Work - you can only leave home for work purposes where it is unreasonable for you to do your job from home, including but not limited to people who work within critical national infrastructure, construction or manufacturing that require in-person attendance
Volunteering - you can also leave home to provide voluntary or charitable services.
Essential activities - you can leave home to buy things at shops or obtain services. You may also leave your home to do these things on behalf of a disabled or vulnerable person or someone self-isolating.
Education and childcare - You can only leave home for education, registered childcare, and supervised activities for children where they are eligible to attend. Access to education and children’s activities for school-aged pupils is restricted. See further information on education and childcare. People can continue existing arrangements for contact between parents and children where they live apart. This includes childcare bubbles.
Meeting others and care - You can leave home to visit people in your support bubble ( if you are legally permitted to form one), to provide informal childcare for children under 14 as part of a childcare bubble (for example, to enable parents to work, and not to enable social contact between adults), to provide care for disabled or vulnerable people, to provide emergency assistance, to attend a support group (of up to 15 people), or for respite care where that care is being provided to a vulnerable person or a person with a disability, or is a short break in respect of a looked-after child.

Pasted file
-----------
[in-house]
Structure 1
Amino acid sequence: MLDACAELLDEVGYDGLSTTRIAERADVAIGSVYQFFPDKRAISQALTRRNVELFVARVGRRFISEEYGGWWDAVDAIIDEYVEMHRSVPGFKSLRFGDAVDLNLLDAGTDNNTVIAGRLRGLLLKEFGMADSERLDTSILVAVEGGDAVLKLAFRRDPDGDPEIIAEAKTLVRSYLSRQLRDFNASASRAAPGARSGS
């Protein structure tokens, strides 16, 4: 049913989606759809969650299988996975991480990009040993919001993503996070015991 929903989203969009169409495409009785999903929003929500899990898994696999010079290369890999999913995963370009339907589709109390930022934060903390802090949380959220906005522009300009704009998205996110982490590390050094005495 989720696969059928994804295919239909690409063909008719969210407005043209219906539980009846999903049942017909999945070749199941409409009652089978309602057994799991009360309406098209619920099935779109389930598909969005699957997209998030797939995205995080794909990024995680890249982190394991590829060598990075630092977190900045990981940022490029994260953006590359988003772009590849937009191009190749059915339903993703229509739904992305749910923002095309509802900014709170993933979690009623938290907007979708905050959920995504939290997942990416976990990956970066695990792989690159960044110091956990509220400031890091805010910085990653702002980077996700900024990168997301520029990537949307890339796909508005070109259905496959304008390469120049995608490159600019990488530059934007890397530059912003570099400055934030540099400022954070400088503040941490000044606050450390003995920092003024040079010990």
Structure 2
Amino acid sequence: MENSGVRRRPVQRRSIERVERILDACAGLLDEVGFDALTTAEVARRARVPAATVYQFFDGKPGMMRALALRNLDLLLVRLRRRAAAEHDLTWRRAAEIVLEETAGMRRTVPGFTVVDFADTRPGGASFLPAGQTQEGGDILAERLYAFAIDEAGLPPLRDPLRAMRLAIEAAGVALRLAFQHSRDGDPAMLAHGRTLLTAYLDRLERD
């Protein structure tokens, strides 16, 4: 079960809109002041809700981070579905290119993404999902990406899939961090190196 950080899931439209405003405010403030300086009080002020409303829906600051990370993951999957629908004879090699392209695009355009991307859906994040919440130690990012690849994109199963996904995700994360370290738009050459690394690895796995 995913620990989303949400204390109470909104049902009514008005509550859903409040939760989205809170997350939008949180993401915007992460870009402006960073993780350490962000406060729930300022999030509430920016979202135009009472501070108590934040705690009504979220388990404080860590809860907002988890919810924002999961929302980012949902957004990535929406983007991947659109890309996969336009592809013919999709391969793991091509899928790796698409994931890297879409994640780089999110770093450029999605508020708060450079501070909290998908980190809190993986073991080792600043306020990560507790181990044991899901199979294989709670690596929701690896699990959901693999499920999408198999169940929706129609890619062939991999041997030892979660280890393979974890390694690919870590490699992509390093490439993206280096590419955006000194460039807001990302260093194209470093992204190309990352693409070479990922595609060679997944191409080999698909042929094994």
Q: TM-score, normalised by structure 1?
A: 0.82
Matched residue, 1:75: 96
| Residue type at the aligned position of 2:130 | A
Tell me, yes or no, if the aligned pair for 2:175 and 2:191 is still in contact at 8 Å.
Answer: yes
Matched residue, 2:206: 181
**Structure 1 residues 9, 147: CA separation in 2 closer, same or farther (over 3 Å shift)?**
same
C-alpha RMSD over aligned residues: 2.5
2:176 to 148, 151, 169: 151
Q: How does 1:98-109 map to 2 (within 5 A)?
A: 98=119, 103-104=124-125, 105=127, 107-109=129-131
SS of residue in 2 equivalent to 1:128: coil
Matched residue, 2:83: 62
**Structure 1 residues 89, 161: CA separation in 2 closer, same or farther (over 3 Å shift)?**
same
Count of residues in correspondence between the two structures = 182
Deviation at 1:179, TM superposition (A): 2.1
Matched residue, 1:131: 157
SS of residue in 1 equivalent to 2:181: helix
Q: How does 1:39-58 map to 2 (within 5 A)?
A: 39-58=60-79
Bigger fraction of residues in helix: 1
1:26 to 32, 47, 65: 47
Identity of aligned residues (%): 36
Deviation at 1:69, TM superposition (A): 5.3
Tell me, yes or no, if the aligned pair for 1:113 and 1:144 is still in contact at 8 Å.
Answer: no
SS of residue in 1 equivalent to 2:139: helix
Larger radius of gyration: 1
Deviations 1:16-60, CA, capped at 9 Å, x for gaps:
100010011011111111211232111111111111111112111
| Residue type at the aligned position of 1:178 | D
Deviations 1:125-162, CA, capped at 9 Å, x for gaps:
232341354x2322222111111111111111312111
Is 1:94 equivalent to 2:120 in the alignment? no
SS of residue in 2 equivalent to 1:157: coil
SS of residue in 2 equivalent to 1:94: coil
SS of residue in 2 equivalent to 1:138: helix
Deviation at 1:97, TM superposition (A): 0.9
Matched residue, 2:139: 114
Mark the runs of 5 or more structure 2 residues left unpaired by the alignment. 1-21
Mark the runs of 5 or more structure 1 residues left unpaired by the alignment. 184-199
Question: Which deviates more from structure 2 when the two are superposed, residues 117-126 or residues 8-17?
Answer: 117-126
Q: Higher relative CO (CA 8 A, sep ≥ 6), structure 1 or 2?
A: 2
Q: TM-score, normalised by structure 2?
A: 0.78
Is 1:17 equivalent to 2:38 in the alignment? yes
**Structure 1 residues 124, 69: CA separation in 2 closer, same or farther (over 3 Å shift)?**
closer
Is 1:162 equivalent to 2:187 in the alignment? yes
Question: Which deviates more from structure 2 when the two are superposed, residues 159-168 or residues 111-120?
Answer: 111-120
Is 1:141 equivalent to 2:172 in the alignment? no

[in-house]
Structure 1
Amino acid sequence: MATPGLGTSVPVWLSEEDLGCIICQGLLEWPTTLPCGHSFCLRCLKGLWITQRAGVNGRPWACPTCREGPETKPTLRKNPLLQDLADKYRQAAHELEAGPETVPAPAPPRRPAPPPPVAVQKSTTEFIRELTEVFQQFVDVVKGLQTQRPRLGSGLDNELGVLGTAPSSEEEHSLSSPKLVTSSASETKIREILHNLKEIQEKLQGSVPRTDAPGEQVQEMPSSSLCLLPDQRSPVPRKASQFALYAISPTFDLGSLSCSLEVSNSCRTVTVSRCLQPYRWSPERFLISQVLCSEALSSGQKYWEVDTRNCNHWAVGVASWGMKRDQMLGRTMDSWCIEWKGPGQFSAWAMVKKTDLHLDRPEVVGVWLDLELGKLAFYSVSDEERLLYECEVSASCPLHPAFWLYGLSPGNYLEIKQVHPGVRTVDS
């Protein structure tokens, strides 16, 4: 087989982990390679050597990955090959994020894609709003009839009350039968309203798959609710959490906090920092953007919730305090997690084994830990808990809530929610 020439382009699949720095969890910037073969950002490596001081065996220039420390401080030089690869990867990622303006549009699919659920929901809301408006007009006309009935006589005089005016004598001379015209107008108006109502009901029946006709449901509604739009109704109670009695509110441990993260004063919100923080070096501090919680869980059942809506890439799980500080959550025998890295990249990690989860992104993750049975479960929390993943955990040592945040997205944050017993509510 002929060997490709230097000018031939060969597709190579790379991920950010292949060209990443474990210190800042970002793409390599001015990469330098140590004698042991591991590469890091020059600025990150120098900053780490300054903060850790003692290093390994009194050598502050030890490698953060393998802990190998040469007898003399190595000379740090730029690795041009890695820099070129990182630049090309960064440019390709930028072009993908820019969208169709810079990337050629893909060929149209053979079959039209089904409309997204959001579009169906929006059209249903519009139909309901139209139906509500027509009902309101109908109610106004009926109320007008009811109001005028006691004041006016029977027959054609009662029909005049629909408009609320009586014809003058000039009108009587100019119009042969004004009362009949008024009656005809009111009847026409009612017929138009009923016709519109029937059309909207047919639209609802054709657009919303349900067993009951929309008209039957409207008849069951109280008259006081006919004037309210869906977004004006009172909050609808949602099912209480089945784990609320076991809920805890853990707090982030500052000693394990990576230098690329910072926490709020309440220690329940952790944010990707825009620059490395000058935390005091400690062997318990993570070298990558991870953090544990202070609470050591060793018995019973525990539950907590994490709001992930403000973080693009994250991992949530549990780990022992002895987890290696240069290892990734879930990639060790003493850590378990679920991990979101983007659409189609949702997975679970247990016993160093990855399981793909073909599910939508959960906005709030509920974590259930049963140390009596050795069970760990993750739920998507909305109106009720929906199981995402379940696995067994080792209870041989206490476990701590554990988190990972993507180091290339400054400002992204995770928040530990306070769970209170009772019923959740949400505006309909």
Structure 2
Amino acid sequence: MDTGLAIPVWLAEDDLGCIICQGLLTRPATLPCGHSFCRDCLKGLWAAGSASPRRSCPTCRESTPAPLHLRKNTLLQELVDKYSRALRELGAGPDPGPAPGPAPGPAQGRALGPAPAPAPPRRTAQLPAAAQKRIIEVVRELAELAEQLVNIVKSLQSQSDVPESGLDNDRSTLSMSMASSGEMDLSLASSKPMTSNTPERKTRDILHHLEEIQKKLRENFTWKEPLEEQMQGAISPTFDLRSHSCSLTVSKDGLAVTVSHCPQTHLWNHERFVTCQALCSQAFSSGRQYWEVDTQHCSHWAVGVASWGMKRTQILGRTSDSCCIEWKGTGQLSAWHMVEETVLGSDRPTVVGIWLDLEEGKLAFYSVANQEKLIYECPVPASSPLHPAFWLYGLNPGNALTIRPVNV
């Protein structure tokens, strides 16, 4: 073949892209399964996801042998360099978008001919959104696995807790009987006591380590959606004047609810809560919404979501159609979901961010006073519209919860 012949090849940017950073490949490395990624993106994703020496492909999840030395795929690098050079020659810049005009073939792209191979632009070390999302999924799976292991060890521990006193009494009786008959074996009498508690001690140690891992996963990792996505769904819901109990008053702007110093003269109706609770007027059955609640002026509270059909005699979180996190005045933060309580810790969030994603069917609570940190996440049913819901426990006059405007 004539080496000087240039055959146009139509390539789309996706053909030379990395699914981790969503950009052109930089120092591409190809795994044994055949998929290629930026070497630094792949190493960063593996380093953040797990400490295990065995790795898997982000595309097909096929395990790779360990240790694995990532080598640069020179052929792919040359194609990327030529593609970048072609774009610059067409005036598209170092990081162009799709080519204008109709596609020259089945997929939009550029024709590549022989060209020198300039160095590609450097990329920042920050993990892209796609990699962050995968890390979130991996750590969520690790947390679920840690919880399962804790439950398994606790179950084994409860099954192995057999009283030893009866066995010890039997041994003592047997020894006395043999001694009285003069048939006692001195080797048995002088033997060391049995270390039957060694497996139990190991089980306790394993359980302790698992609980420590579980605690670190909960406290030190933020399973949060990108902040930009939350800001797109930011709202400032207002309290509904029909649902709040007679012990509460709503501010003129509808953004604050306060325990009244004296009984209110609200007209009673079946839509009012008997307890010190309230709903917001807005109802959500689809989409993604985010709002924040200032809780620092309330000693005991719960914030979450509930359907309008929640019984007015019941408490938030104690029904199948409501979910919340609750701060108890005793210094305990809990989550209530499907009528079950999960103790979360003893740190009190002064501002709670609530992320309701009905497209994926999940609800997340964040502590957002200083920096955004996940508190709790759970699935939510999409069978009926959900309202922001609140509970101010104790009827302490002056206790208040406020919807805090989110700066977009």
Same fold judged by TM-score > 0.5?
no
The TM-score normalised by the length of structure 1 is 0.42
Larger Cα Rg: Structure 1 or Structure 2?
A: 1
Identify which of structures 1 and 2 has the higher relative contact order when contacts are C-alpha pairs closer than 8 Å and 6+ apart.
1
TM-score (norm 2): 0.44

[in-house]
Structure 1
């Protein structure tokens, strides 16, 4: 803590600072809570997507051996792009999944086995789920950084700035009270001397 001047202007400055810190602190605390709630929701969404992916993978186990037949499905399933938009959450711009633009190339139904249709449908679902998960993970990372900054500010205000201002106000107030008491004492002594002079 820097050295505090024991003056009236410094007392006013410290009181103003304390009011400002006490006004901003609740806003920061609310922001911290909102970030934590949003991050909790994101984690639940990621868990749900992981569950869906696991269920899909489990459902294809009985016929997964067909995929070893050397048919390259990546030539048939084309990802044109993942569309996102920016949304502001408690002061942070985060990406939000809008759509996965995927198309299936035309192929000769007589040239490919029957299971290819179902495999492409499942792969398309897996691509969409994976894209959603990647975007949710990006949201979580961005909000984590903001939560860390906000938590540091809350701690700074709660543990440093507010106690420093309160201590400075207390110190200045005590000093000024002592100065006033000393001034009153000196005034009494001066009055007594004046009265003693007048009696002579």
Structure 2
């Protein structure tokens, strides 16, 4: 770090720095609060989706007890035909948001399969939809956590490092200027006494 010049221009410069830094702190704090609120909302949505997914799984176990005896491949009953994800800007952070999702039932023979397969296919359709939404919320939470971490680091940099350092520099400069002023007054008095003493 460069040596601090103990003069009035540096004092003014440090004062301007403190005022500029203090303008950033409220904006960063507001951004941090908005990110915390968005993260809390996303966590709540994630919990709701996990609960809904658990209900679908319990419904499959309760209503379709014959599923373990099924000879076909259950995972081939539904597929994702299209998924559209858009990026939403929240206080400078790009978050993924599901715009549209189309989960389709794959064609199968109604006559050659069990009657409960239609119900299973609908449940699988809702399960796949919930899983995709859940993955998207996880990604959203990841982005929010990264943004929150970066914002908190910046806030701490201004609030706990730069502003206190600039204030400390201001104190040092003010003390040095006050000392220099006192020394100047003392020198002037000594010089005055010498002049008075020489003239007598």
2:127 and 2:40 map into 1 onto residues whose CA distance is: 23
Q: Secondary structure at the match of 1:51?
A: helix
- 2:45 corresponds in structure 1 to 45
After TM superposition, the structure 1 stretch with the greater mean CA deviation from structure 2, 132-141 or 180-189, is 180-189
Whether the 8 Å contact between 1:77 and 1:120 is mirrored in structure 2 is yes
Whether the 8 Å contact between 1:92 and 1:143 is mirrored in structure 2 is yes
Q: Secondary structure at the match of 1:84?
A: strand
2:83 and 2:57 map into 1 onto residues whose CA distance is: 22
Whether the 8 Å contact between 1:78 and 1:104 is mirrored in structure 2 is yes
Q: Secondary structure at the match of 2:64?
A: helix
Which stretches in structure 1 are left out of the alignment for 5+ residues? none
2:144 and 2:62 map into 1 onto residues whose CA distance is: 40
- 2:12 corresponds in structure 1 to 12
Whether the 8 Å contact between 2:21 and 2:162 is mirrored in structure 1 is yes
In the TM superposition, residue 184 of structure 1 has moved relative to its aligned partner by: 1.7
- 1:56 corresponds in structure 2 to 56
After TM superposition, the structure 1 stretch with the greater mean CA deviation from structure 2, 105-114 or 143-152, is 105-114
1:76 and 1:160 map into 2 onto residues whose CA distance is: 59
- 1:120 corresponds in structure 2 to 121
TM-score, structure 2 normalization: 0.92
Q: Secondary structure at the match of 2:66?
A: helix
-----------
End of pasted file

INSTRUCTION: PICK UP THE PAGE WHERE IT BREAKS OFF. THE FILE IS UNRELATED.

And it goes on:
Exercise - You can continue to exercise alone, with one other person or with your household or support bubble. This should be limited to once per day, and you should not travel outside your local area.You should maintain social distancing. See exercising and meeting other people.
Medical reasons - You can leave home for a medical reason, including to get a COVID-19 test, for medical appointments and emergencies.
Title: Re: Covid 19
Post by: al on January 05, 2021, 04:13:29 pm
I can understand Cummings travelling to Durham - up to a point. What I don't understand is him not just admitting it when he was found out. The "testing my eye-sight" stuff was just taking the piss.

All that plus Johnson actually defending him was a huge mistake which has not only angered people, but ultimately it has increased the death toll.
Title: Re: Covid 19
Post by: Fjell on January 05, 2021, 04:29:33 pm
I can understand Cummings travelling to Durham - up to a point. What I don't understand is him not just admitting it when he was found out. The "testing my eye-sight" stuff was just taking the piss.

All that plus Johnson actually defending him was a huge mistake which has not only angered people, but ultimately it has increased the death toll.

So maybe certain people launching what was a blatantly politically-motivated attack was maybe not what the country needed at that exact moment? I did watch the increasingly tedious press conferences. I don’t vote for Blondie, but God it was tiresome and of no interest. I actually got to the point of wanting Cummings not to go and I blame him for Brexit.
Title: Re: Covid 19
Post by: PeteHall on January 05, 2021, 04:38:09 pm